Thematic Areas: Inclusion and Youth | SDGs and Greening TVET | Innovation and Future of TVET | Private Sector Engagement
Our Key Programmes & Projects: COVID-19 response | YEM: Youth Employment in the Mediterranean | BILT: Bridging Innovation and Learning in TVET | UNESCO-UNEVOC TVET Leadership Programme | WYSD: World Youth Skills Day
Past Activities: i-hubs project | TVET Global Forums
Our Services & Resources: Publications | TVET Forum | Virtual Conferences | TVET Country Profiles | TVETipedia Glossary | Promising & Innovative Practices
Events: Major TVET Events | UNEVOC Network News
The COVID-19 pandemic is driving digitalization in the worlds of work and education. It is reshaping labour markets and placing new demands on education systems, including technical and vocational education and training (TVET).
Digitalization is not a new trend, but the pandemic has sharply increased the demand for digital skills. How we manage the challenges and opportunities of this digital transformation can make a real difference to how well the world emerges from this crisis. To support TVET institutions in harnessing these opportunities, a key component of UNESCO-UNEVOC’S COVID-19 project – Strengthening the Responsiveness, Agility and Resilience of TVET Institutions for the Post-COVID-19 Era – will focus on building the digital competencies of TVET staff.
Moving to online teaching and learning
During the first wave of COVID-19 and the subsequent school closures, UNESCO reports that half of students had no access to a household computer and 43% had no internet. In sub-Saharan Africa, 89% had no access to a computer and 82% no internet access. This startling digital divide emphasizes the urgent need for mitigating measures to ensure the most vulnerable populations are not left behind.
Even in countries with reliable ICT infrastructure and household connectivity, the transition to online learning has been challenging. The abrupt move to delivering education online revealed that while some TVET institutions were ready for this new way of teaching and learning, many others, often in the Global South, were not. Millions of TVET teachers lacked the digital skills to teach remotely and struggled to deliver curricula which had been designed for face-to-face teaching.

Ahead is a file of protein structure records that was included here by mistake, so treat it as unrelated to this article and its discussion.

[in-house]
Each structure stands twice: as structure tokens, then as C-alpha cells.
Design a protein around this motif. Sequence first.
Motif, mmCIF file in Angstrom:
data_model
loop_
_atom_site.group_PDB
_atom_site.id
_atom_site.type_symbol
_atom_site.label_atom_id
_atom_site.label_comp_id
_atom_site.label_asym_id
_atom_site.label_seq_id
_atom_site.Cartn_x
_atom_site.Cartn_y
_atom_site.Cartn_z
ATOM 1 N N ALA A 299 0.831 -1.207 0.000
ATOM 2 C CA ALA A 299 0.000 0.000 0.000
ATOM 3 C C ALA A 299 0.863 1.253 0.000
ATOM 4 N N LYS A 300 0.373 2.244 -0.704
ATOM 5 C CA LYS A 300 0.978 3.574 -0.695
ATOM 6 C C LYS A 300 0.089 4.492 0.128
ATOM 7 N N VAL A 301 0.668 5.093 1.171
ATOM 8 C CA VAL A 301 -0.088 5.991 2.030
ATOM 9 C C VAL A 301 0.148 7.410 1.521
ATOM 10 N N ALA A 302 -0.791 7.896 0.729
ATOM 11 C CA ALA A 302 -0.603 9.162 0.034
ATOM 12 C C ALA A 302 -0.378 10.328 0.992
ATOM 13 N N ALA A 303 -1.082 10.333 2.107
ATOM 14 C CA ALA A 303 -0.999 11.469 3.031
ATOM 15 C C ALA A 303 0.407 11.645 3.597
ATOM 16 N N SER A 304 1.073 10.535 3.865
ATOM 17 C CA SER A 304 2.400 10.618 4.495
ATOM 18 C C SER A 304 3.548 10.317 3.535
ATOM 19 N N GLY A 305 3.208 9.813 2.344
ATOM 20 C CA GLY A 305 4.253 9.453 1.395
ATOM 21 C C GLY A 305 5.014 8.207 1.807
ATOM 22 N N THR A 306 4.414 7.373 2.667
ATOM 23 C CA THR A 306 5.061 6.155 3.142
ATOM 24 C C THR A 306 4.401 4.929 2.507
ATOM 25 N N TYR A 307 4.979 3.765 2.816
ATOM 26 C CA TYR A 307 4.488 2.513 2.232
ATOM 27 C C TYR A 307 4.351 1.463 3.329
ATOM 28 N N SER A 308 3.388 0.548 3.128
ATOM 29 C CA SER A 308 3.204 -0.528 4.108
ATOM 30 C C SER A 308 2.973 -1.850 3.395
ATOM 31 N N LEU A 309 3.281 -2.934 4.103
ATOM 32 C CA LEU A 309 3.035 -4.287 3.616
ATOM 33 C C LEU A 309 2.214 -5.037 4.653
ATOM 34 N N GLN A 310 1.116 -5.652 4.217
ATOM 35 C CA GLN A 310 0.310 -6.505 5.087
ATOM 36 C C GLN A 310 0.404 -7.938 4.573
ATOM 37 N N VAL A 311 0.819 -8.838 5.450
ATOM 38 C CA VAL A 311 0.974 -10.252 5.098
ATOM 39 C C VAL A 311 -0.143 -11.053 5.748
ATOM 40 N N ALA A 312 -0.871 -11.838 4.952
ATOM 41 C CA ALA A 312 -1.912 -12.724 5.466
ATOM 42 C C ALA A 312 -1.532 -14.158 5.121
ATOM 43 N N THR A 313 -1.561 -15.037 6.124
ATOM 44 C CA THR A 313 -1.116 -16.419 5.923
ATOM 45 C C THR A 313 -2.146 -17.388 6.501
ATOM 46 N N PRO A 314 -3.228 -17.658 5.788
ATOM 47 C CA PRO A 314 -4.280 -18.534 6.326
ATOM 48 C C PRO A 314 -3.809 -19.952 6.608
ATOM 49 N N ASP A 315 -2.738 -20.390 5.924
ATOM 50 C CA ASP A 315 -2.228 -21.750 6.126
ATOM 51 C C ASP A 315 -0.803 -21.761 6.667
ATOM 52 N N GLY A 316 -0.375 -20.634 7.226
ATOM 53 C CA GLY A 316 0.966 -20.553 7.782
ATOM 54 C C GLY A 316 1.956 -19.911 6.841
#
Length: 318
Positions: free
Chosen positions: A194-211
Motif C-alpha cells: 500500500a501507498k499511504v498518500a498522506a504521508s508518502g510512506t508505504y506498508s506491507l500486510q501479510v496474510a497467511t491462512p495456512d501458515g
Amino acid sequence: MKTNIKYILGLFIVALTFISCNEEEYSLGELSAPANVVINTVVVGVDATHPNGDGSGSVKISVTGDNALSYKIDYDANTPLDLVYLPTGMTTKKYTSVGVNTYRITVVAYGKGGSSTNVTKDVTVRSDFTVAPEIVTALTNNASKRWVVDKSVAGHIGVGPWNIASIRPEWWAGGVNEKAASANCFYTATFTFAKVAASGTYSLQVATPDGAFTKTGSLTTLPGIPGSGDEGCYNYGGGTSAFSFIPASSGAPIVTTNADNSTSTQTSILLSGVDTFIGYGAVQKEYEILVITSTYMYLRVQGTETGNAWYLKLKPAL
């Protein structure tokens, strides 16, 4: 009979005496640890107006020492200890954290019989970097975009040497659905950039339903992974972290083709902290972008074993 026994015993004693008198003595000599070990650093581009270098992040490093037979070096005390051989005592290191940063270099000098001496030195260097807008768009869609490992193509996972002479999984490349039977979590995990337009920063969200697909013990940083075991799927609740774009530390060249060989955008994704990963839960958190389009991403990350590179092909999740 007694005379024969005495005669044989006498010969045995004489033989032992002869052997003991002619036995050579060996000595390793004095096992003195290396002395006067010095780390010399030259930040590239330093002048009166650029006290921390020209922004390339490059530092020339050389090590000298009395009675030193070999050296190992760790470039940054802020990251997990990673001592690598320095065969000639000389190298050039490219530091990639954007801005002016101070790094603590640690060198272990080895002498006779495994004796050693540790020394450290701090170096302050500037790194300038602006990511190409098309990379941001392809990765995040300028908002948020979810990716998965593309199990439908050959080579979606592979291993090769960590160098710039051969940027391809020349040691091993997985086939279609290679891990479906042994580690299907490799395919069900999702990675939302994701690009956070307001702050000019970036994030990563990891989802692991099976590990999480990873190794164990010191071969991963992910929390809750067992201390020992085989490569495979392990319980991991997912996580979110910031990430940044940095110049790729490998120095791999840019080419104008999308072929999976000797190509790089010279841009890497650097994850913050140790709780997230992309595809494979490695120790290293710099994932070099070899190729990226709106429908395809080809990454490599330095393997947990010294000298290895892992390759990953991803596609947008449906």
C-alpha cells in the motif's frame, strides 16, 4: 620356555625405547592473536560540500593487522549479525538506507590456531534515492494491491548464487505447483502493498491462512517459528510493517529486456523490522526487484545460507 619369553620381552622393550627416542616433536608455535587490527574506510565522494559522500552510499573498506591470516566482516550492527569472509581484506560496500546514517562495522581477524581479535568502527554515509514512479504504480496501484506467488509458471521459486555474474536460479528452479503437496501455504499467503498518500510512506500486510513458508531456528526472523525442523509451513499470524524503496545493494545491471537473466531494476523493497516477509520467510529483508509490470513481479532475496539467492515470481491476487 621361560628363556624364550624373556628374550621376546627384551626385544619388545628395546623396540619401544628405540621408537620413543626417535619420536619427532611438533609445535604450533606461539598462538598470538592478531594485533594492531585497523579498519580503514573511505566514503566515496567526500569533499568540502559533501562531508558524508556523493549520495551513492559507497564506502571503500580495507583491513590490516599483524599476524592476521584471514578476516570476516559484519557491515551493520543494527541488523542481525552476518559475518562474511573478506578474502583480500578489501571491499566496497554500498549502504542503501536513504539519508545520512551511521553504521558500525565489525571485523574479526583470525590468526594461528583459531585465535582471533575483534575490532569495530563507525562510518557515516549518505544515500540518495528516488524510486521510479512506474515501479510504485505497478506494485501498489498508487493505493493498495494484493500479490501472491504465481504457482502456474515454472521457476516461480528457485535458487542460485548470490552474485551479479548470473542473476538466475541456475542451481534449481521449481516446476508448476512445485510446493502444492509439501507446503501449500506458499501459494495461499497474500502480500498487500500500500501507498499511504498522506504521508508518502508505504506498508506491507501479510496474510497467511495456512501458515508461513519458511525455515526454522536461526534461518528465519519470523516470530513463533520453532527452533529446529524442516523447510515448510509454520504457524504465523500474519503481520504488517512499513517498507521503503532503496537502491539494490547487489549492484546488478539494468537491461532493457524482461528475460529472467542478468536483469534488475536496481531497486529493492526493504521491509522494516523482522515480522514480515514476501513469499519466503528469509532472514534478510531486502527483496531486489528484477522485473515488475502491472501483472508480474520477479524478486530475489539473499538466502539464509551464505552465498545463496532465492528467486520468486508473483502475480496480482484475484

In response to these issues, upgrading digital skills will be a major focus of UNESCO-UNEVOC’s COVID-19 response project. This effort kicks off in March when UNEVOC Centres from Jamaica, Kenya, the Maldives, Nigeria and Peru will start a three-month training programme to build the digital capacities of TVET staff. This training targets not only teachers, but also management and ICT staff, and caters to their specific institutional needs in developing or implementing digital services. Following a baseline analysis and goal setting, and taking into account identified needs and interests, topics covered include digital learning environments and tools, content creation, pedagogy as well as data protection and management.
To complement the training programme, UNESCO-UNEVOC is launching a three-part webinar series to examine the main challenges of digitalization in TVET. Through this set of tailored activities, the project will ensure that digitalization becomes a key enabler of quality TVET for all, rather than a barrier to progress.
Digital Competence and the Future of Work – Pathways for TVET Institutions 18 March 2021, 9:00 - 10:30 CET
Social Aspects of Digital Learning in TVET 22 April 2021, 15:00 - 16:30 CEST
Navigating the Maze of Digital Tools and Services 20 May 2021, 10:00 - 11:30 CEST